RESPECT, EMPATHY, INCLUSION

The workshop that was not

 

From Stephanie:

Sunday, May 30th, 2010

The main purpose for my trip to Rwanda is to teach public health workshops. As of now the workshops my friend, Amy and I have prepared focus on HIV/AIDS/STDs, nutrition, and alcohol and drugs. On Saturday we were told that a youth group wanted us to teach about HIV/AIDS on Sunday. Luckily we had most of our materials on HIV/AIDS ready so we were able to quickly assemble a short workshop. When we got to the church there were many rows of chairs. We were nervous because we thought we were only going to present to the youth group after their service, not to the whole church as a part of their service. As more people filed in, and the church service started we waited for our turn to present our workshop. As the sermon continued and continued, we were more and more eager to present and wondered when we would get the chance.

 

We were surprised that we would even be able to teach about HIV/AIDS within the church, and we were happy to have that opportunity and accomplishment since HIV/AIDS is a problem within the community as well as teenage pregnancy. We knew we would not be able to educate the youth on condoms or other forms of contraception, which is very unfortunate since it is something I think the youth would greatly benefit from, but we were happy that we would be allowed to teach on HIV/AIDS at all. However, as the sermon ended we were informed that there was not enough time for our lesson and that we would have to do it at another time. It turns out that the director of the church was unsure of what we would be teaching in regards to HIV/AIDS and after learning more on the subject matter decided that he did not want us to do our workshop.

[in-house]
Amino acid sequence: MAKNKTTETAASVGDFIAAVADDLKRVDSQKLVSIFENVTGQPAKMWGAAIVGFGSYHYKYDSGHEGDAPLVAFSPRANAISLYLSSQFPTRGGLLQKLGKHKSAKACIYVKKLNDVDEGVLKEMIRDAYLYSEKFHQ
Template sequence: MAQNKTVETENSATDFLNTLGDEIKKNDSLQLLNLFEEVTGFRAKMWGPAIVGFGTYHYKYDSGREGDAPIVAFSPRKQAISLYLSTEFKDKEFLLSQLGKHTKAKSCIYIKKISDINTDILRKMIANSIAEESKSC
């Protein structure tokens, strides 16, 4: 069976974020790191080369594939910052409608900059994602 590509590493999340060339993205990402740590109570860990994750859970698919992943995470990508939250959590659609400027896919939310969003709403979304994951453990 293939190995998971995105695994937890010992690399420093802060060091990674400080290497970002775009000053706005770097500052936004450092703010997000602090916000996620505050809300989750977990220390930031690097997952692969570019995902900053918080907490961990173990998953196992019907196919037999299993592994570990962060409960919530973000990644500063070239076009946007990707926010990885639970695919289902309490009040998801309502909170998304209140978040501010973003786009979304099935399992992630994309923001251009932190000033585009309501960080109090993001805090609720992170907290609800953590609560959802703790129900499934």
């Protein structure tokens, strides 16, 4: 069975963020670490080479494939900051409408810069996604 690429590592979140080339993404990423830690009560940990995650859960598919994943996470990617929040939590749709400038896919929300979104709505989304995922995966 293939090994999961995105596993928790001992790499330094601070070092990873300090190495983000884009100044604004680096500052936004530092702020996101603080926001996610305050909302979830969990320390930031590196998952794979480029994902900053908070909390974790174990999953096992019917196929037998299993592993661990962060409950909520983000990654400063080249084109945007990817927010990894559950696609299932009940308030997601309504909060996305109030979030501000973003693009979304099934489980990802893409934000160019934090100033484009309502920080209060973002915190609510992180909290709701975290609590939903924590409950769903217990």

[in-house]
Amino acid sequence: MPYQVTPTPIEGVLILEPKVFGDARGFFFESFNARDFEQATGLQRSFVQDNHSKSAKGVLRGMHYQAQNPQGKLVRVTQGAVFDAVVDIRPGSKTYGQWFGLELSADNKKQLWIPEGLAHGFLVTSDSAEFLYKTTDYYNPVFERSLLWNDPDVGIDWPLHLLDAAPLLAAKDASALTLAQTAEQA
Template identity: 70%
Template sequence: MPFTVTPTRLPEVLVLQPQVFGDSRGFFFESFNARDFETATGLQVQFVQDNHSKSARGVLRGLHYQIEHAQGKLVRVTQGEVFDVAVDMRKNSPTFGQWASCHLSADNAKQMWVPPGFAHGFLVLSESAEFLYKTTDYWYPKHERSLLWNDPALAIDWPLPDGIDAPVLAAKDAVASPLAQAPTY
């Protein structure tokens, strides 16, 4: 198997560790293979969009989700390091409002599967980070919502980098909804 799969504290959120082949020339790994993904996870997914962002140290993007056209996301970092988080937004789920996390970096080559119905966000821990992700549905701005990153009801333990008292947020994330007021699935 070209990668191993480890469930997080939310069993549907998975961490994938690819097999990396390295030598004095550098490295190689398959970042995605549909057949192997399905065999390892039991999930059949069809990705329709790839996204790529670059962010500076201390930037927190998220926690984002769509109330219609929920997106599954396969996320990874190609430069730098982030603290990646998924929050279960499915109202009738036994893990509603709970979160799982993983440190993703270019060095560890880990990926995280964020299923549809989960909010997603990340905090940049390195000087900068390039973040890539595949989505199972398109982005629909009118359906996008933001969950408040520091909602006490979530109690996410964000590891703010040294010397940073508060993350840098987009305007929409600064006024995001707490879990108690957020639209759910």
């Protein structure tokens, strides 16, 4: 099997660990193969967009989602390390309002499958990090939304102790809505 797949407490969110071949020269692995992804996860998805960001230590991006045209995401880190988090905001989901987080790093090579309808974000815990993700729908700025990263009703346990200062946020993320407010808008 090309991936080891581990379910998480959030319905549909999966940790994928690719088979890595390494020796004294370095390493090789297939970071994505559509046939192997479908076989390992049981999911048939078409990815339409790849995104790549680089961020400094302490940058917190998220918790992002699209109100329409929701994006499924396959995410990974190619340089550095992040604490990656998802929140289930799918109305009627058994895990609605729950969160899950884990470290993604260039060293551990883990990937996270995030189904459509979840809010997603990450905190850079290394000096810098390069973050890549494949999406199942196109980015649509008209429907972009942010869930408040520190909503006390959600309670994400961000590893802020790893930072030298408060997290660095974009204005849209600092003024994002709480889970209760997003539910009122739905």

My guess is that he did not want us to talk about sex in the church. This was frustrating and very unfortunate because the youth group specifically wanted to learn about HIV/AIDS and then we were not allowed to teach them about the subject. It also makes me wonder how these youth will be able to learn about HIV/AIDS or safe sex methods at all. I respect that religion is a very important part of this community, however at some point I think the community needs to realize that health should also be a priority. Luckily, some of the teenagers that are in the youth group are also in a talent-honing group called the Harvesters who we will be holding a workshop with on Saturday, however not every teen in the youth group is a Harvester, therefore they will not be able to receive our health education. It makes me very frustrated and upset that we cannot teach these teens who need this health education and I hope that we can come to an agreement with the church minister to teach the entire youth group on HIV/AIDS.

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